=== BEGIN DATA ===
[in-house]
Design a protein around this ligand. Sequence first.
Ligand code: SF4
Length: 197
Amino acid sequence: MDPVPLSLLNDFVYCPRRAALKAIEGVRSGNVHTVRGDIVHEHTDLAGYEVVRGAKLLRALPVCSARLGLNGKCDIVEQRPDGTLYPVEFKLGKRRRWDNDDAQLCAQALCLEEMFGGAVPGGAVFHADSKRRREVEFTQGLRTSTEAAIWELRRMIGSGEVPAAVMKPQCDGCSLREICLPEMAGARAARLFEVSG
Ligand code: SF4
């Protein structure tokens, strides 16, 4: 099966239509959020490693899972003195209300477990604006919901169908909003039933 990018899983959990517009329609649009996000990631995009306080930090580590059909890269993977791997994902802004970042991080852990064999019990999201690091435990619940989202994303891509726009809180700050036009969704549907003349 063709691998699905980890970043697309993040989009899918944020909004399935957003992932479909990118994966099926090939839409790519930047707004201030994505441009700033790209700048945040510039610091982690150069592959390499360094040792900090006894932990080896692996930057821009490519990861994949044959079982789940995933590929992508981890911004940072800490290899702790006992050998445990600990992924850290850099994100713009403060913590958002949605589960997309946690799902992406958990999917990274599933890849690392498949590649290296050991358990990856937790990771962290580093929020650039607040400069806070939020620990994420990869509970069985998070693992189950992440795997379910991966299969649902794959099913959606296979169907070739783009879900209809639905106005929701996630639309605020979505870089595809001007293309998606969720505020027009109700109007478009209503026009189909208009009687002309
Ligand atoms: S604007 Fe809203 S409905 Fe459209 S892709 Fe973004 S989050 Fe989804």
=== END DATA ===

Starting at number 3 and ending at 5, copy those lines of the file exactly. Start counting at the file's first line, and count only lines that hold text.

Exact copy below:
Ligand code: SF4
Length: 197
Amino acid sequence: MDPVPLSLLNDFVYCPRRAALKAIEGVRSGNVHTVRGDIVHEHTDLAGYEVVRGAKLLRALPVCSARLGLNGKCDIVEQRPDGTLYPVEFKLGKRRRWDNDDAQLCAQALCLEEMFGGAVPGGAVFHADSKRRREVEFTQGLRTSTEAAIWELRRMIGSGEVPAAVMKPQCDGCSLREICLPEMAGARAARLFEVSG